Wins '4x4 of the Year' Hat-Trick
Jeep has won the top prize in
three categories of the UK's biggest on and off-road test of 4x4
reviewed 67 vehicles for
their annual '4x4 of the Year' test and awarded marks in 10 key buying
areas: on-road, off-road, comfort, safety, economy, loading, interior,
styling, towing and value-for-money.
John Carroll, Editor of 4x4 Magazine
said: "This test aims to put the latest vehicles through a rigorous
test and measure them in real world on- and off-road situations. In a
market swamped with new 4x4s, Jeep has retained its mastery in three
key segments - Budget, Mid-size and Extreme - with the Patriot,
Cherokee and Wrangler.
"The Jeep brand seems to offer something for everyone - a
Defender-beating Wrangler for the hardcore off-roader who wants a
vehicle with better road manners and interior comfort than the
competition. For family buyers, the new Cherokee was a revelation to
our judges. It is a vast improvement over the previous model - although
better road manners are not at the expense of its mastery off the
Tarmac. The fuel efficient Patriot is a deserving winner for Budget 4x4
- on-road dynamics are excellent, with good handling and pleasant ride
quality allied to a practical and surprisingly roomy interior. Priced
from under £16,000, Jeep has clearly got its sums right."
Patriot: winner of Budget 4x4 of
judges said: "The Patriot is a
huge step for Jeep - after all, the US brand built its reputation for
'proper 4x4s', with low range gearing and classic styling. However, in
today's green and cost-conscious climate, the Patriot opens up the Jeep
legend to a wider audience. This is primarily thanks to a VW-sourced
2.0-litre turbodiesel that stretches fuel economy to over 42mpg,
considerably higher than anything a production Jeep could muster in the
past; likewise, CO2 is well below average."
Cherokee: winner of the Mid-size
all-new Cherokee takes Jeep to a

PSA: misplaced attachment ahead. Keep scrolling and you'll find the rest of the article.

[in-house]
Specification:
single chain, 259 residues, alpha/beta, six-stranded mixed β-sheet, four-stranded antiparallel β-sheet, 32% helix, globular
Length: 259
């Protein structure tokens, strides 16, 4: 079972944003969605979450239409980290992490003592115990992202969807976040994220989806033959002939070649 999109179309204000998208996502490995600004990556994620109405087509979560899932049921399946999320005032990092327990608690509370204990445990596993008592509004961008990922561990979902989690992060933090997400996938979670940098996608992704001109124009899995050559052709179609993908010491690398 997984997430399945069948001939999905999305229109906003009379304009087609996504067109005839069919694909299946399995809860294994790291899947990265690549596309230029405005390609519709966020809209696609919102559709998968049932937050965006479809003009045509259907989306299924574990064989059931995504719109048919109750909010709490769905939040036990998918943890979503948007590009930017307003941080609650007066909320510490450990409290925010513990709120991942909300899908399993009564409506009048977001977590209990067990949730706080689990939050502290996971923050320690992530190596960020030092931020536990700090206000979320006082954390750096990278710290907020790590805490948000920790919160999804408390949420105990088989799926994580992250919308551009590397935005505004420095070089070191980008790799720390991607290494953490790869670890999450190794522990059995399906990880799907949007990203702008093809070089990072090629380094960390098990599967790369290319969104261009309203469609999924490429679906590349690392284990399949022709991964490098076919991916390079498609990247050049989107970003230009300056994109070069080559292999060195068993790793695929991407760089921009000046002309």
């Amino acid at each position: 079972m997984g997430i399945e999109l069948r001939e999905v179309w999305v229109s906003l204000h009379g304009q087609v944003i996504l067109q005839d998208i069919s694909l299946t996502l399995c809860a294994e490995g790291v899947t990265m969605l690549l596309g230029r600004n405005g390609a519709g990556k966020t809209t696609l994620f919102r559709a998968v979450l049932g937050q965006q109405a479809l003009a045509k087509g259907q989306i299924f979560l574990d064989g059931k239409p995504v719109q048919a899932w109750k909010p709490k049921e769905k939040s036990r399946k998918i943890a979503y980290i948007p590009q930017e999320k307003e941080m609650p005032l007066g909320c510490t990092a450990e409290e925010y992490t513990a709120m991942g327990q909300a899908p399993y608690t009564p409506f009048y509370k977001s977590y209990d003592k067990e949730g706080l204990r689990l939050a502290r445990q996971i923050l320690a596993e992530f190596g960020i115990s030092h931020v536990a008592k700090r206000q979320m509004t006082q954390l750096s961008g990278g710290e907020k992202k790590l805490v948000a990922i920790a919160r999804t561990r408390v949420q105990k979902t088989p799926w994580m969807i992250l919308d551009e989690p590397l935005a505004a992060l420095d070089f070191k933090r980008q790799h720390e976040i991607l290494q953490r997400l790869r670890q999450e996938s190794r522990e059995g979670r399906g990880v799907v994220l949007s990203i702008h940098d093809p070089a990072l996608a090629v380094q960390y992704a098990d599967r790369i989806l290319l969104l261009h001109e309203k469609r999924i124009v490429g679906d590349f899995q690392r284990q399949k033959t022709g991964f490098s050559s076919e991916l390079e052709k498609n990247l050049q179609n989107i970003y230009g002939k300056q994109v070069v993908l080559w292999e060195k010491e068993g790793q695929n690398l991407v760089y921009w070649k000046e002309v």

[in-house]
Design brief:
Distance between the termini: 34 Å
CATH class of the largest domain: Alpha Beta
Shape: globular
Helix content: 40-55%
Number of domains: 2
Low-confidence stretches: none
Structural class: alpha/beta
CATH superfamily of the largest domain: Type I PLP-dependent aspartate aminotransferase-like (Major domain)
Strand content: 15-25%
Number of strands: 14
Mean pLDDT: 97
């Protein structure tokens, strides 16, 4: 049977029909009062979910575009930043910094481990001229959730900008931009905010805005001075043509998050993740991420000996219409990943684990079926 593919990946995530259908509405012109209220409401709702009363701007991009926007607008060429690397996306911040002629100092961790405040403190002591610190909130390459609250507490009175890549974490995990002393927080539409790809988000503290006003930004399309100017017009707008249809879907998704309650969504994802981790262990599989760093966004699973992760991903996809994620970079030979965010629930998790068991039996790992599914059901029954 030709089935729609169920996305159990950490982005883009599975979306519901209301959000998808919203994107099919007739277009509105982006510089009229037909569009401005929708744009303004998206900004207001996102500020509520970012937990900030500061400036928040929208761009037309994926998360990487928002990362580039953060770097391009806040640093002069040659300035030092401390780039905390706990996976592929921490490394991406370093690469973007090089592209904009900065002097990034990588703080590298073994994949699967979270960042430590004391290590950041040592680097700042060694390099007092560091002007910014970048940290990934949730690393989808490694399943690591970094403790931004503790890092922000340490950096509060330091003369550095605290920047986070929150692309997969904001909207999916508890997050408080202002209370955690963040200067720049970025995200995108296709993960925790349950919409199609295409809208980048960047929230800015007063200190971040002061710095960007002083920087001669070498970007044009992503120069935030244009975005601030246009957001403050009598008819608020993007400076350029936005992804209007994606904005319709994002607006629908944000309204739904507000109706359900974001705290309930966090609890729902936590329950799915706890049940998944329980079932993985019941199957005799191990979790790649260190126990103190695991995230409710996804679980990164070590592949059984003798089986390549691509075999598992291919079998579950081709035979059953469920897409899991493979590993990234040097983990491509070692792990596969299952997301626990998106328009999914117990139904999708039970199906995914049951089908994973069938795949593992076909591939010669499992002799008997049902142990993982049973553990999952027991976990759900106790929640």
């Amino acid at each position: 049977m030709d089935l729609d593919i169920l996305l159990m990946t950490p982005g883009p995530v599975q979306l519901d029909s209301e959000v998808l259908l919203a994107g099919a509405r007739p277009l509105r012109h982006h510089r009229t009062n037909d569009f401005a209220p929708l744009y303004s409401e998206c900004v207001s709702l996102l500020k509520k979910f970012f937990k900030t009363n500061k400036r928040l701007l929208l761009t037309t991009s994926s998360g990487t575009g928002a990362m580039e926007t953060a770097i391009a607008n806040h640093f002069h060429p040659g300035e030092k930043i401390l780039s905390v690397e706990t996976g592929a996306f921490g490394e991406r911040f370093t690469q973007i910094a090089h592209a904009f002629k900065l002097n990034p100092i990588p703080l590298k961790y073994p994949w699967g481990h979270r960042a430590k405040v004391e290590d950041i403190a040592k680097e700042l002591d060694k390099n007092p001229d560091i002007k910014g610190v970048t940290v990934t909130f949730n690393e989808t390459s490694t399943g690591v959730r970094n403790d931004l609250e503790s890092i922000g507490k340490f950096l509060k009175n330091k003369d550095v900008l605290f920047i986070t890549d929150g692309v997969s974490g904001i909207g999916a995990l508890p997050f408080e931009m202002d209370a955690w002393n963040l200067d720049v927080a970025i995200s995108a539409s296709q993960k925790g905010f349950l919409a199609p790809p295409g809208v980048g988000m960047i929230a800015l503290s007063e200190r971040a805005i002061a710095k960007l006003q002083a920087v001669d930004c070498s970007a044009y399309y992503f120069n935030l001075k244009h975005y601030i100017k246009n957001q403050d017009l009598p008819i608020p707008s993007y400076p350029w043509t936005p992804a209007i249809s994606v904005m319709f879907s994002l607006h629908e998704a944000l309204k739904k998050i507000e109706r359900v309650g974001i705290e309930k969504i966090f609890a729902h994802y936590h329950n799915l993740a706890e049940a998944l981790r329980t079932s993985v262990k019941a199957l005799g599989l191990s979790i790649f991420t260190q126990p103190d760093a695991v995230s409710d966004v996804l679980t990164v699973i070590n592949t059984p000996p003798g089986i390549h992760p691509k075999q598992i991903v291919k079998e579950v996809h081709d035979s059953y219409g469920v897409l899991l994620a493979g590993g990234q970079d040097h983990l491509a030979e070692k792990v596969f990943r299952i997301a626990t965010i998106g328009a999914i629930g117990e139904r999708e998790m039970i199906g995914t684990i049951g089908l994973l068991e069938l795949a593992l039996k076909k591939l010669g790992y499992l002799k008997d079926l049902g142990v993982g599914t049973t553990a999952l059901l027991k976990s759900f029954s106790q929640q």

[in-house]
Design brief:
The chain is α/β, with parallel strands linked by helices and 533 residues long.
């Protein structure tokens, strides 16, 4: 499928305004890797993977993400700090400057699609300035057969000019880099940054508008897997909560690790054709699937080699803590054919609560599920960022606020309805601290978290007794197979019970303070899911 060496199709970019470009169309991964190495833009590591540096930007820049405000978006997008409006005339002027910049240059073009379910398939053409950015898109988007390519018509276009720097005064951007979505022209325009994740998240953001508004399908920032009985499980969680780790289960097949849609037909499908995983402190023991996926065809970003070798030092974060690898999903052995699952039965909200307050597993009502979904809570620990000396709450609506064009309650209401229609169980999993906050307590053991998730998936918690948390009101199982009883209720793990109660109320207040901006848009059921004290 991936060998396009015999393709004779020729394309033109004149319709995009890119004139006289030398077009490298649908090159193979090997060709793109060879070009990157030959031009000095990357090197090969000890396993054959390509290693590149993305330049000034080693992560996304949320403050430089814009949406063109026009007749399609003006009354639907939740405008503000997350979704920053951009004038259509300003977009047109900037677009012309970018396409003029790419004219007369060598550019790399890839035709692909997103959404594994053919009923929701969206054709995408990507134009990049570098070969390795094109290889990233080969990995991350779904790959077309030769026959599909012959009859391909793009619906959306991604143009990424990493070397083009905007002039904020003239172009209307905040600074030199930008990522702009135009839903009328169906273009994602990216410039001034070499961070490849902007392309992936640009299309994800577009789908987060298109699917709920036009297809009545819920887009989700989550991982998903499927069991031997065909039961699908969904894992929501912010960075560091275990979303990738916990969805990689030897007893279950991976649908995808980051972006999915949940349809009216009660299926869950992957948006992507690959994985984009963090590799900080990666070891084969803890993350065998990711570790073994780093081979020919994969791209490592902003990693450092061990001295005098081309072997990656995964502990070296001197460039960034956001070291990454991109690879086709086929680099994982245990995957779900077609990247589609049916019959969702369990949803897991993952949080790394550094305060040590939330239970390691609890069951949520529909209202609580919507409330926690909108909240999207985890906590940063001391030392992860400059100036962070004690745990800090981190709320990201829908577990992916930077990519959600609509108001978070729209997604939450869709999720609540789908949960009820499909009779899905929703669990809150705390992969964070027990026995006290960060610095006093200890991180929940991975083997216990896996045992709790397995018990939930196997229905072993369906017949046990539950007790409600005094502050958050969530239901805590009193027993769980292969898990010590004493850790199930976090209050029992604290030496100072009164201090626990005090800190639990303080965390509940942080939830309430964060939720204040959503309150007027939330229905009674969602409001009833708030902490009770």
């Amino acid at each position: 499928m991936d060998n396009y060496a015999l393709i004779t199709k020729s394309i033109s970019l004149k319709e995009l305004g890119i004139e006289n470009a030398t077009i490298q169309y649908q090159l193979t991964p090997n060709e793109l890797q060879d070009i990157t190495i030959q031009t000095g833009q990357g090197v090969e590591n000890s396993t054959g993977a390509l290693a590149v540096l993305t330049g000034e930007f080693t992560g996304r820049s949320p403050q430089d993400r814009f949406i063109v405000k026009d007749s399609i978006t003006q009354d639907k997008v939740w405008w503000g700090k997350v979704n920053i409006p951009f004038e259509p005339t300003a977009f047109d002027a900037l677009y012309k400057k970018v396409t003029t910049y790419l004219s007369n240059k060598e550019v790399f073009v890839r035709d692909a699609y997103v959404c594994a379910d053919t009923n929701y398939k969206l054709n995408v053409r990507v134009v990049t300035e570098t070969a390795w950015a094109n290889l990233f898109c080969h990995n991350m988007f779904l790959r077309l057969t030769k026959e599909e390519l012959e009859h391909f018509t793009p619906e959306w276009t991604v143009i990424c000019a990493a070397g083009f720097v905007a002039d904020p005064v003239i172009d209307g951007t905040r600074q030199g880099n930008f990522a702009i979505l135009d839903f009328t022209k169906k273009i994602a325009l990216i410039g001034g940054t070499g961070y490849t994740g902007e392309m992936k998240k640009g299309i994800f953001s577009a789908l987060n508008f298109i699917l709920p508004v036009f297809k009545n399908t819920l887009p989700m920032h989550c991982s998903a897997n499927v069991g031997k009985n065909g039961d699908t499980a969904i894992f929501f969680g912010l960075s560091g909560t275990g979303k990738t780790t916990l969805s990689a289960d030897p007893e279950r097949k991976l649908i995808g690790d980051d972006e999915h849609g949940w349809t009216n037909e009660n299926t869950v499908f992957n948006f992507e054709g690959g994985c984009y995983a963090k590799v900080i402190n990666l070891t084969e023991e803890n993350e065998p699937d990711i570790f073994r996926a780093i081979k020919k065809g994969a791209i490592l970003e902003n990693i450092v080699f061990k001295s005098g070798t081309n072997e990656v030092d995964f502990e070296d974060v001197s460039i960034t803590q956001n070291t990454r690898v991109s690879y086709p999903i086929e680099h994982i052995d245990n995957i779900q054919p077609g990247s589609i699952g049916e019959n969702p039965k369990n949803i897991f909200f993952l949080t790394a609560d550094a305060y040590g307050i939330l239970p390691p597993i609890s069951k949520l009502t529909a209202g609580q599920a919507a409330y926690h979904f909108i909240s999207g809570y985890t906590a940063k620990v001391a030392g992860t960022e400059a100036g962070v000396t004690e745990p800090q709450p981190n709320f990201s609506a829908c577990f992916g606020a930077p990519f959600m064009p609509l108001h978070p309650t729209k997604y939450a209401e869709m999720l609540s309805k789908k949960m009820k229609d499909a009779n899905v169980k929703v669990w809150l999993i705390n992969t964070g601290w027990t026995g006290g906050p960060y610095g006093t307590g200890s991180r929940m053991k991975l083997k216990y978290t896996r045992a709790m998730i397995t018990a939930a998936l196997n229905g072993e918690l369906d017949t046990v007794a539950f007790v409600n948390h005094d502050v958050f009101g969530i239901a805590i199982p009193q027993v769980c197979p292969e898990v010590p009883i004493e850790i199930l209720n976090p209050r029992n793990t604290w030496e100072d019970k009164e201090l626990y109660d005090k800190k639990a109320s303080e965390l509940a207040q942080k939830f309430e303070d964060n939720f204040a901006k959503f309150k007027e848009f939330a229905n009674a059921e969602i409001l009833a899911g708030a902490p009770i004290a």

new level. Few will quarrel with the new-look interior, which feels
both roomier and is decked-out with smarter materials and comfier
seats. Gone is the clumsy stable-door tailgate, replaced with a
top-opening one-piece item. The rear screen still pops open separately
while the boot space is more practical for loading too.
"An improved 2.8-litre turbo diesel provides torque aplenty with smooth
six-manual and auto shifters, plus a revised suspension set-up that
offers a better on-road drive. Best of all, though, is the Selec Trac
II adaptive 4WD system with low range and hill descent control,
cementing Jeep's off-road advantage in this sector."
Wrangler: winner of Extreme 4x4
descendant of the original 4x4
comes out on top as an extreme plaything and lifestyle vehicle. It
rivals the Defender for showroom-spec off-road ability and the low-down
torque of its 2.8-litre diesel means it comes pretty close to the Land
Rover on rough terrain; the Americans will be wondering why they didn't
have a diesel rock-crawling Wrangler sooner. The interior is
comfortable and roomy for the driver and front passenger, compared with
the Defender's, and the Wrangler is faster and smoother on-road than
the Land Rover. It's more nimble off-road than the Patrol and doesn't
have that laboured on-Tarmac feel that seems to plague the big Nissan.
"The Jeep is well appointed, with airbags (which the Defender doesn't
offer) and optional sat-nav, automatic gearbox and a soft-top. Price is
a plus. It's a deserving winner."
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